Objective To compare survival, life expectancies (LE), and the anticipated age at the time of death (AAD), in a community-based cohort of Parkinson's disease (PD) patients with and without significant cognitive impairment, with an age sex matched population of England and Wales.
Methods The age- and sex-specific standardised mortality ratios (SMR) were calculated and stratified by dementia status. The LE and AAD estimations were calculated from the SMRs of the 2003 UK population, using a modified Gompertz function.
Results In total, 166 PD patients participated in the investigation, of which 91 died by the 4-year follow-up. The overall SMR was 2.09 (95% CI 1.68 to 2.57). Demented patients had significantly higher SMRs than non-demented patients (SMR 3.10, 95% CI 2.39 to 3.96 vs SMR 1.15, 95% CI 0.75 to 1.69, p<0.001). In our cohort, the LE in younger-onset demented patients (55–74 years) was much lower than in non-demented patients (7.5; SD 3 vs 12.4; SD 7). Likewise, the estimated AAD in younger onset patients with dementia was also much lower (demented 72.4; SD 4 vs not demented 77.8; SD 7). In older-onset patients with dementia (>75 years), the differences in LE (demented 2.1; SD 1 vs not demented 4.7; SD 4) and AAD were less apparent (demented 89.5; SD 6 vs not demented 92.2; SD 6).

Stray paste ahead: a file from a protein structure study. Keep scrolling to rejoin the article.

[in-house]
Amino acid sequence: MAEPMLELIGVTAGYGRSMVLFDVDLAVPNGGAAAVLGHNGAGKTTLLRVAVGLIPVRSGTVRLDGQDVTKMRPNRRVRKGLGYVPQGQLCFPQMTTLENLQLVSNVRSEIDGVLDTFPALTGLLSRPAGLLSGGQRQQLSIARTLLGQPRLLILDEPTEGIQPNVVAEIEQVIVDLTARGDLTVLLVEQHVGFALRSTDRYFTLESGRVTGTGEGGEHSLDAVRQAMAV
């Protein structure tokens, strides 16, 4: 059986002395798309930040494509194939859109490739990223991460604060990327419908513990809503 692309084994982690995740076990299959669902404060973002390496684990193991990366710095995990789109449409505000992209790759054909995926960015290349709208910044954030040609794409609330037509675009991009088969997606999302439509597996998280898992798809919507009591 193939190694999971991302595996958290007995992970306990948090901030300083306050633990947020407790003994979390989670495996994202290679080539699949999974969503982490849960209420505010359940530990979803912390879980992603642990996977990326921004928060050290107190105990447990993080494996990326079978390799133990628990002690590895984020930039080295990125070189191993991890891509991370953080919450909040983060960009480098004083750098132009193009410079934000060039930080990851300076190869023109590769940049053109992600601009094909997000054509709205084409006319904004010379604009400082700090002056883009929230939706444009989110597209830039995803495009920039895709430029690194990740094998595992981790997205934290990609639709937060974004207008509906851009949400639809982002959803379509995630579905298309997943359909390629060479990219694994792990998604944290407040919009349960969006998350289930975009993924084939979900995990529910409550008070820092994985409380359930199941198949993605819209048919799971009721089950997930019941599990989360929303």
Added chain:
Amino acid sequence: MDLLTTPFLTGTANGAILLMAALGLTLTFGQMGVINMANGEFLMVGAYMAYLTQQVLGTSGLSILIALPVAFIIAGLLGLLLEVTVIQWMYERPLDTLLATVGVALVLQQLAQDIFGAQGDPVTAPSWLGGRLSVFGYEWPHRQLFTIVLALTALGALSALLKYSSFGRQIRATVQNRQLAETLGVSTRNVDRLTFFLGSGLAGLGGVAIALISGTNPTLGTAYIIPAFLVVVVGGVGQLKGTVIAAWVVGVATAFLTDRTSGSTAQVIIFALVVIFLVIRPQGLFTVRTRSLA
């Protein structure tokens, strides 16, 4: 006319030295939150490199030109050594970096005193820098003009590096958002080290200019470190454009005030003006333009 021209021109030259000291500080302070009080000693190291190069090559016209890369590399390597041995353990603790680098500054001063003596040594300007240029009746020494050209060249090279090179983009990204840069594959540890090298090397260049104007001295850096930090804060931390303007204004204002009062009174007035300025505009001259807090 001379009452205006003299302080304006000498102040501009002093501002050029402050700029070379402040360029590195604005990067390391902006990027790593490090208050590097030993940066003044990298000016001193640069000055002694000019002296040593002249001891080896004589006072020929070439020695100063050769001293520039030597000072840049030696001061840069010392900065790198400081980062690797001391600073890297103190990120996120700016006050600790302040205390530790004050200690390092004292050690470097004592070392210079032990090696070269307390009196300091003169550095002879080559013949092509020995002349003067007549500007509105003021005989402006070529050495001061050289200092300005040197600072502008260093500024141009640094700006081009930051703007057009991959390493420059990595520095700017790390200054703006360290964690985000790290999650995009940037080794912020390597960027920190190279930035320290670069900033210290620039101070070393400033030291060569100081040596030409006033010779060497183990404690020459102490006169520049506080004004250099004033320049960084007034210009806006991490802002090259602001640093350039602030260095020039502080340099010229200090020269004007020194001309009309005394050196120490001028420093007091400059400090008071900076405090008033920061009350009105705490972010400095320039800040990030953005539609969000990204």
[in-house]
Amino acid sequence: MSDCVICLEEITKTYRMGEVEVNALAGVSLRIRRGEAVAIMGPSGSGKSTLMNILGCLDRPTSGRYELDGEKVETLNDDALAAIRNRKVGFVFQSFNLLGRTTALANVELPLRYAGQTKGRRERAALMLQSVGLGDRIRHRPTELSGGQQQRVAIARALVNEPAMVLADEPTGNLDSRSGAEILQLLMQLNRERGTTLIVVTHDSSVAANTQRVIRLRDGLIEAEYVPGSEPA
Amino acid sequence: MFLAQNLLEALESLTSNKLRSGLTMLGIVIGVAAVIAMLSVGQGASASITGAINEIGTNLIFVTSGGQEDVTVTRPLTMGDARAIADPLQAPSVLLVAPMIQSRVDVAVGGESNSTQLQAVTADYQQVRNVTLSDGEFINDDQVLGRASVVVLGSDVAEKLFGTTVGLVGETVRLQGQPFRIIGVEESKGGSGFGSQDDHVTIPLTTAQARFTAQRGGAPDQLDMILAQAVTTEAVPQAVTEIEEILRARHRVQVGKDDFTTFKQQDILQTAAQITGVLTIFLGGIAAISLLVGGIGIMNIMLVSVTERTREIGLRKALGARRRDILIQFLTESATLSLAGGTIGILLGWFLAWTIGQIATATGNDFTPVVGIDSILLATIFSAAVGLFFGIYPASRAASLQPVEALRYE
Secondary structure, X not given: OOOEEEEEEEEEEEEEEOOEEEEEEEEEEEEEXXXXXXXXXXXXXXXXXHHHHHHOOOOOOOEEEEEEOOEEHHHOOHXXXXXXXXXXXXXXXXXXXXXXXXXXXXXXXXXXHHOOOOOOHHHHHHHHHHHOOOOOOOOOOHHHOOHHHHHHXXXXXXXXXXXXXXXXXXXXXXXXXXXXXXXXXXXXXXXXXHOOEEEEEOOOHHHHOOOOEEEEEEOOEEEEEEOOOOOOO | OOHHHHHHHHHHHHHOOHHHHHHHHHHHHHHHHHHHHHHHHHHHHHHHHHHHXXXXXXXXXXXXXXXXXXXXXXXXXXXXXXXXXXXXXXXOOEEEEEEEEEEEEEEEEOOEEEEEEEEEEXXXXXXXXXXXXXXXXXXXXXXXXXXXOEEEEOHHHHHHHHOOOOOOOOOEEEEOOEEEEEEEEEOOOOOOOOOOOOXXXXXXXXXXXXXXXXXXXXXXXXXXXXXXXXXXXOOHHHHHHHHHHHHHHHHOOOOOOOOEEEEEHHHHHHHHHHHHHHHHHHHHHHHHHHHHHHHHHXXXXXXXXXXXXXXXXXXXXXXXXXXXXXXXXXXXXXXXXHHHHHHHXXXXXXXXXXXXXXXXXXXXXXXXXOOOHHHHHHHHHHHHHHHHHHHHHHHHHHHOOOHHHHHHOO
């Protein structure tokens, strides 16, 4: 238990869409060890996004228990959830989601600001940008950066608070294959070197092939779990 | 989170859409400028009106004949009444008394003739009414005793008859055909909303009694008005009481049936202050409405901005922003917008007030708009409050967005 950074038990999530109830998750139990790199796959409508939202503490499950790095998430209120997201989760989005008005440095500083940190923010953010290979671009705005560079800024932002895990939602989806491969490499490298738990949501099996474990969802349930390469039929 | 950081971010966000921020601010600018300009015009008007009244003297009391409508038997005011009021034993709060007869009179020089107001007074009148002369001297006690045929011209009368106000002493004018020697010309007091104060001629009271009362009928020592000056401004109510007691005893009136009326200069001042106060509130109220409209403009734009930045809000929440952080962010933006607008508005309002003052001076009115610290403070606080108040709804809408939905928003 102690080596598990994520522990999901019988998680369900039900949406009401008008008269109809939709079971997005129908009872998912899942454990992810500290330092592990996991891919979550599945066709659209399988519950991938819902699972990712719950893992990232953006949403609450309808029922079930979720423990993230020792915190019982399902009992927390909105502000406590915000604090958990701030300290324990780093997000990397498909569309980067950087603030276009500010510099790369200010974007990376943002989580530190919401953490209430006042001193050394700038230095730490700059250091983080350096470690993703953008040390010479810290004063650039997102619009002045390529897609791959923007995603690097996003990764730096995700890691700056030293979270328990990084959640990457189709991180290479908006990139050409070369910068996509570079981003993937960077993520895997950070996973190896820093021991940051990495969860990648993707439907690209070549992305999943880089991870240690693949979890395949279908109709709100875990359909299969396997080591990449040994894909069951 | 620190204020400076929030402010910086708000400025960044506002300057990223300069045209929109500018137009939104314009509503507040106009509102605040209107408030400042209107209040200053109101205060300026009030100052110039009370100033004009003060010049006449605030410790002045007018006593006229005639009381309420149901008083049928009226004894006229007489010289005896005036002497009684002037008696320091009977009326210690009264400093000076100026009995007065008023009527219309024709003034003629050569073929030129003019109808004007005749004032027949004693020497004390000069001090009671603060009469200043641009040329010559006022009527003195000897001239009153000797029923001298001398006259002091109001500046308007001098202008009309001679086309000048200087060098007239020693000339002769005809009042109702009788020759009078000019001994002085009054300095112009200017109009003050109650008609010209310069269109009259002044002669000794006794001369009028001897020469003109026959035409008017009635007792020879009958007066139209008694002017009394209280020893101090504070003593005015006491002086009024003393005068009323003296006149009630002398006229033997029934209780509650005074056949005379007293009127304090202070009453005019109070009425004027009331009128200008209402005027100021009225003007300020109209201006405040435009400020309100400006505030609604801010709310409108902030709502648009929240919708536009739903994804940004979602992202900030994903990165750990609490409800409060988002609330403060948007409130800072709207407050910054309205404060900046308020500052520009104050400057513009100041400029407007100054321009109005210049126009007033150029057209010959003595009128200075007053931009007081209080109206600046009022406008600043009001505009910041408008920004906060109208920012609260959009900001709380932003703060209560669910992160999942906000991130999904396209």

Conclusion The survival, LE and AAD in patients with PD are much lower compared with the general population, apart from those patients who do not develop dementia, who appear to have near normal population mortalities. However, dementia and younger onset of PD appear to be important determinants of survival, LE and AAD.
- Parkinson's disease
- life expectancy
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